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Monday, April 15, 2024

The Islip Sloth Saga: Operating ‘Illegally’


Following a protest organized by John DiLeonardo, President of Humane Long Island, outside of Islip Town Hall on Tuesday, August 19, Angie Carpenter, Town of Islip Supervisor, released a statement stating the ‘Sloth Encounters LI’ is currently operating “illegally.”

The establishment, operated by Larry Wallach, charges $50 an hour to pet, feed, and handle one of its four sloths.

“My business is to educate the public on wildlife. If you go to any other sloth encounter it’s nowhere near this,” Wallach said, as reported by CBS News. “Humidity, state-of-the-art heaters, enclosures. They have tons of room.”

Wallach has further told media outlets about the cleanliness and safety of his establishment.

However, as clean, or safe as the sloths may or may not be is irrelevant to the question of use, although a member of The Messenger did examine the sloth enclosure – albeit not with the eyes of a zoologist.

“If you decide to change the use to something dramatically different than what was there, you have to apply for a change-of-use permit,” said Islip Town Supervisor Angie Carpenter. “At this moment, they are operating illegally.”

Wallach, who simultaneously had all his permits and was in the process of obtaining one from the Town, has until the end of the month to come into compliance with Town code – a code which bars the possession of “wild animals.” However, given his Exhibitor’s License from the USDA and a Petting Zoo License from the Suffolk County Department of Health (both displayed for public viewing), other locales in the region might be able to accommodate his business.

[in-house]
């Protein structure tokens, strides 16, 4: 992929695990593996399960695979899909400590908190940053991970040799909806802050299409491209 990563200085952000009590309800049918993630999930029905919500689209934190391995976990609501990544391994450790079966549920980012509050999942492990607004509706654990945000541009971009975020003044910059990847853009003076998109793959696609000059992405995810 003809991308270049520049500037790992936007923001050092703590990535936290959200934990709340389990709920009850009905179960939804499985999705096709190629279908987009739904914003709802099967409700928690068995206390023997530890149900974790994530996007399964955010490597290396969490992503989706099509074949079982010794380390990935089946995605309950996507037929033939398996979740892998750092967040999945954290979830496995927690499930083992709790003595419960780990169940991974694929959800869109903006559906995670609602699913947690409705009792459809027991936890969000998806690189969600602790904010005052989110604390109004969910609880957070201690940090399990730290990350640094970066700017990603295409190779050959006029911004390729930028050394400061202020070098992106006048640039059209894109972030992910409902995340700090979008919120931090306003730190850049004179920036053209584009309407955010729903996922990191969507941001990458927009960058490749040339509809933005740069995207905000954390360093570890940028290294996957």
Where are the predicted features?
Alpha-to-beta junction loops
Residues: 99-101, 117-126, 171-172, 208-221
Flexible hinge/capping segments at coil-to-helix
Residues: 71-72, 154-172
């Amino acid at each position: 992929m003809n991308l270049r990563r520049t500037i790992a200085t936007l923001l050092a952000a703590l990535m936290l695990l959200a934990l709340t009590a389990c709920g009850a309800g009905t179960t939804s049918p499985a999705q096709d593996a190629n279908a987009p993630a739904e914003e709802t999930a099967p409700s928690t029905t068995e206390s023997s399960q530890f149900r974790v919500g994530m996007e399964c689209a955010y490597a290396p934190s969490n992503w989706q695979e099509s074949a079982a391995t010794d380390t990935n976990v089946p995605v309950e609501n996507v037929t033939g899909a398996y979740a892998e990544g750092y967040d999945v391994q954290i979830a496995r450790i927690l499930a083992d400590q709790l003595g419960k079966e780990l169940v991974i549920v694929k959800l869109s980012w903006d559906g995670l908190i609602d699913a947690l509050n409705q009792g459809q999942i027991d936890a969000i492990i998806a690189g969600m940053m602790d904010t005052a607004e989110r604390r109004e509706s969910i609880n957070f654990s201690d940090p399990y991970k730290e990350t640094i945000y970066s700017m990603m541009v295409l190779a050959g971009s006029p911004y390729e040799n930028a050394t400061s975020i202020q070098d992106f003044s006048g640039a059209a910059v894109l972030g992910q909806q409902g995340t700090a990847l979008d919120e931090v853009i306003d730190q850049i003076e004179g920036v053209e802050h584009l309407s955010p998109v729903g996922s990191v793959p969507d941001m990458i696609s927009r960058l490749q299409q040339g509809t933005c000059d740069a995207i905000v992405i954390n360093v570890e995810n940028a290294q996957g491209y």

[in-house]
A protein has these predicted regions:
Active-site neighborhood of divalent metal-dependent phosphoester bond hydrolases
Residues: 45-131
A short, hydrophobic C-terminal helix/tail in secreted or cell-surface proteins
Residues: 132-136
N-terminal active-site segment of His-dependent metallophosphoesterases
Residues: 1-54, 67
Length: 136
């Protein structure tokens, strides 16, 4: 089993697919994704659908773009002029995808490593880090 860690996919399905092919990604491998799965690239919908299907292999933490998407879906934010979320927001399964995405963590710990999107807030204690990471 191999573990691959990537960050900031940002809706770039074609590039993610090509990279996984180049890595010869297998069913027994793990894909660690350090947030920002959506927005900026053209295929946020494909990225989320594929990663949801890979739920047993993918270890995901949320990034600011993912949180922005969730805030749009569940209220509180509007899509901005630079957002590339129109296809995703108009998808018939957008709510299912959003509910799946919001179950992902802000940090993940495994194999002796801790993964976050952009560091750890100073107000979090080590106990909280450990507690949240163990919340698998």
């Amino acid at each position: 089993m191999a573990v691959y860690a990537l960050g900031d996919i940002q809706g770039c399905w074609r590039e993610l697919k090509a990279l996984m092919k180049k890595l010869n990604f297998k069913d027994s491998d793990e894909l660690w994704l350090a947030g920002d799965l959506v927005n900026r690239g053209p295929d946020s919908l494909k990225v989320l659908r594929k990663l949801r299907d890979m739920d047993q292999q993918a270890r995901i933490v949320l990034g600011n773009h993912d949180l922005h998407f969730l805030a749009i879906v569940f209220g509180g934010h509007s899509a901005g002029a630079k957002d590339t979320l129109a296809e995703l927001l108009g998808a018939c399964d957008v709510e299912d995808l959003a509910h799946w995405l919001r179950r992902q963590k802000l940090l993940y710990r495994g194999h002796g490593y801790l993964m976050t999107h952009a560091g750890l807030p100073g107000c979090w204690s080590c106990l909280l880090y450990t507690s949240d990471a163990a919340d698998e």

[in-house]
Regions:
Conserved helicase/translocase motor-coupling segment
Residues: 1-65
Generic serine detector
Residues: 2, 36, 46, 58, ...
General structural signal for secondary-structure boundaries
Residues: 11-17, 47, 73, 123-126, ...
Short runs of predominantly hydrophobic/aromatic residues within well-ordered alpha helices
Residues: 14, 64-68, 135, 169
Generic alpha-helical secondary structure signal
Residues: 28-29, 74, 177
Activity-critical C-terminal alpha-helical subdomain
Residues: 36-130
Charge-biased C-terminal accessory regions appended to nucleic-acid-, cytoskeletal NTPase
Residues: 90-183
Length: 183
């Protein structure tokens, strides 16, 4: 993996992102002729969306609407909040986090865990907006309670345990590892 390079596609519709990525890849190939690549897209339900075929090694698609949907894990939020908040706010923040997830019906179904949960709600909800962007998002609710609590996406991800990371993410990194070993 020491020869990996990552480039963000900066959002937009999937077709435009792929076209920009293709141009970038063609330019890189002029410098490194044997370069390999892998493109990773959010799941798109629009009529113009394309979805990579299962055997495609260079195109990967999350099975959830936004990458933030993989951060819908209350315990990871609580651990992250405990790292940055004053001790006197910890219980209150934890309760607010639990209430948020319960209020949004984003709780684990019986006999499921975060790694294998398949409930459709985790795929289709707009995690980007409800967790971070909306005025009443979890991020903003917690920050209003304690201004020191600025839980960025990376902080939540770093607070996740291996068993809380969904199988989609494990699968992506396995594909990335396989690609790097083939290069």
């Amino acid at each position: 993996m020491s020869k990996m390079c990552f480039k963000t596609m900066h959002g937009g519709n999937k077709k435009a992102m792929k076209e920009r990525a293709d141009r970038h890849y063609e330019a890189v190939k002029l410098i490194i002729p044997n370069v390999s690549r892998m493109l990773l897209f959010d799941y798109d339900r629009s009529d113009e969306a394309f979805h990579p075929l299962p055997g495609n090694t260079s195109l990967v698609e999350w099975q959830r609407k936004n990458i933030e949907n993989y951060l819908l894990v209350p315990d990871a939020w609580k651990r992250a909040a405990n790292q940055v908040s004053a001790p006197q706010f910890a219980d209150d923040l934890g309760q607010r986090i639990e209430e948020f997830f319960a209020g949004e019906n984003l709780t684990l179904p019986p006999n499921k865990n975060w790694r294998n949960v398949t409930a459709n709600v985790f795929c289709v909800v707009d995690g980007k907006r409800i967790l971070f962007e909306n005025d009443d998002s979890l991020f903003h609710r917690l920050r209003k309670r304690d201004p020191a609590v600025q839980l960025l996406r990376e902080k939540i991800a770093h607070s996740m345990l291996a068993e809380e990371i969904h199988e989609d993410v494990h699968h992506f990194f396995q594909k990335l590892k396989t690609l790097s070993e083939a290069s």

In the interim, this ‘Sloth Encounters’ is riding a surging wave of Sloth popularity emboldened by similar businesses throughout the country.

“Sloth Encounters and its exhibitor Larry Wallach have proven themselves to be a threat not only to animal welfare, but to public safety with two bite reports coming in over the past two weeks,” said DiLeonardo in response to allegations that surfaced on Facebook.

When asked about the first of these accidents, Wallach did not deny it and said first-aid was administered. Further saying there is a “procedure” in place in case something like this happens.

“Humane Long Island believes Wallach’s long history of endangering the public and mistreating animals warrants emergency action and our members to continue to urge the Islip Town Board to shut him down immediately rather than waiting weeks to consider protecting animals and the public,” DiLeonardo said, unsatisfied by the one-month delay.

The window to become compliant also worries attorney Richard Bruce Rosenthal, who has experience litigating cases involving animal welfare.

“The actual trial shouldn’t take more than a day or two at most,” said Rosenthal. Going on further to state he doesn’t believe “there is an issue about the facts” nor “is the trial going to be real interesting.”

However, the fact that the Town is giving Sloth Encounters a month to come into compliance makes an assumption, according to Rosenthal.

“It suggests that in their mind, they see a way to allow this; and I guess that’s what troubles me about this,” Rosenthal stated. “They could have gone to abuse,” a point which Rosenthal believes could have been argued and they “would have been shut down immediately.”

“The Town has been working diligently on this issue since we first learned of the operation,” said Supervisor Angie Carpenter. “Town code does not permit wild animals. Violations were immediately issued and I’ve directed the Town Attorney’s office to take whatever legal steps we’re permitted to see that this inappropriate operation is shut down permanently.” 

Those with complaints and questions regarding the facility are advised to reach out to their local elected officials for more information.

Editor’s Note: Supervisor Carpenter was unable to comment immediately prior to the publication of this article in print.

Brian R. Monahan
Brian R. Monahan
News Editor for The Messenger Papers.